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Thread: Gator in the drinking water.

  1. #1
    *Flashaholic* Icebreak's Avatar
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    Default Gator in the drinking water.

    A friend sent me an email about this.

    "This was taken by a KTBS helicopter flying over Cross Lake! (For those of you who are not local, Cross Lake is in Shreveport, La.) That has to be a HUGE gator to have a whole deer in its mouth! Are you ready to go skiing on Cross Lake?! If you ski at the west end of the lake -- try not to fall."





    I write her back,

    "Wow!

    I grew up there...fished that laked hundreds of times. I lived 50' from the western shore one year.

    I've seen some little ones were around 3 and 4 footers. Every once in a while you would hear about a citing but nothing like this.

    Cross Lake is a city water supply. A beast like this is unexpected. It would be much like spotting one in Lake Maumelle. (city water supply to Little Rock, AR)

    - Jeff
    "

    So, Here is evidence to what I've suspected. I've been deep into the bayous on the southern side of that lake. Strangly beautiful. Let's go show the flashlight guys.

    Hold on there, Tiger. Before you do, you might want to validate your information.

    Alas, KTBS says not our chopper, not our picture.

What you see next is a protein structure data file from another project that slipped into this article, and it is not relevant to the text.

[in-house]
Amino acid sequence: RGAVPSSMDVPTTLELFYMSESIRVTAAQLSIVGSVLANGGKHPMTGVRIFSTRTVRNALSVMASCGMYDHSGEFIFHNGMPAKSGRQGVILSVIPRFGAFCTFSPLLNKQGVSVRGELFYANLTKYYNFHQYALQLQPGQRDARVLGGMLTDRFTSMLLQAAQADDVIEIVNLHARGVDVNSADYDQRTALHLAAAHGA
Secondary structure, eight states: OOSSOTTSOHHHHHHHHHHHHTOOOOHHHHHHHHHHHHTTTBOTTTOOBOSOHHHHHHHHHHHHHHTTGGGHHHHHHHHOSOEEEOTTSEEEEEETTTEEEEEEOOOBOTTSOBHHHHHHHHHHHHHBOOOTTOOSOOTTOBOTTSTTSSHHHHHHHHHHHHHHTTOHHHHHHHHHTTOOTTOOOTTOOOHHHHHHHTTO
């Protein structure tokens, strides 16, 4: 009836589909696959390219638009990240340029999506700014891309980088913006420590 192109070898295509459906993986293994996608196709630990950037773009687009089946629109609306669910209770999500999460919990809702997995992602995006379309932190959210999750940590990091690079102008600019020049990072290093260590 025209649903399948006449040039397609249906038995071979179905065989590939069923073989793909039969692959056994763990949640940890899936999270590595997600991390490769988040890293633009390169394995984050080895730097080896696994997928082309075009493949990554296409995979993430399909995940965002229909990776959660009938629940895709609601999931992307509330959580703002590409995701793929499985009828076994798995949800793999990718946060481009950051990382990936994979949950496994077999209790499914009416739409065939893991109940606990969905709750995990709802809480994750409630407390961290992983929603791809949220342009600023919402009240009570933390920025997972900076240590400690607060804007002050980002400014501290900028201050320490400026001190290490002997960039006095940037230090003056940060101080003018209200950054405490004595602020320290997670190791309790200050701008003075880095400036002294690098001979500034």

I think they got me because it is very possible.

    Oh well, thought you guys would enjoy the photos.

  2. #2
    Flashaholic*
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    Default Re: Gator in the drinking water.

    Then they got you again, 'cause its real.

    [img]/ubbthreads/images/graemlins/wink.gif[/img]

  3. #3

    Default Re: Gator in the drinking water.

    i wonder if we have gators here in ga im in lagrange ga . one time i was swiming in west point lake and all a sudden something huge ran it to me i mean HUGE scared me bad.i saw em all the time in fla. they realy never bothered me

  4. #4

    Default Re: Gator in the drinking water.

    That picture was taken in Georgia, Raggie.

    U.S. Fish and Wildlife news release

  5. #5

    Default Re: Gator in the drinking water.

    That is a pretty awesome sight. Wasnt there a 18' alligator killed in Florida several years ago? I remember seeing its picture in USA Today. They said it had been hanging around a marina and would not leave and they killed it because of the danger it posed.

  6. #6

    Default Re: Gator in the drinking water.

    About a week before Hurricane Charley hit, a woman trimming her bushes on ritzy Sanabel Island was attacked, killed and partially eaten by an alligator. Sanabel was the island outside of Port Charlotte Bay where Charley first hit Florida.

  7. #7
    *Flashaholic* Icebreak's Avatar
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    Default Re: Gator in the drinking water.

    MichiganMan -

    Fooled them too. [img]/ubbthreads/images/graemlins/grinser2.gif[/img]

    raggie33 -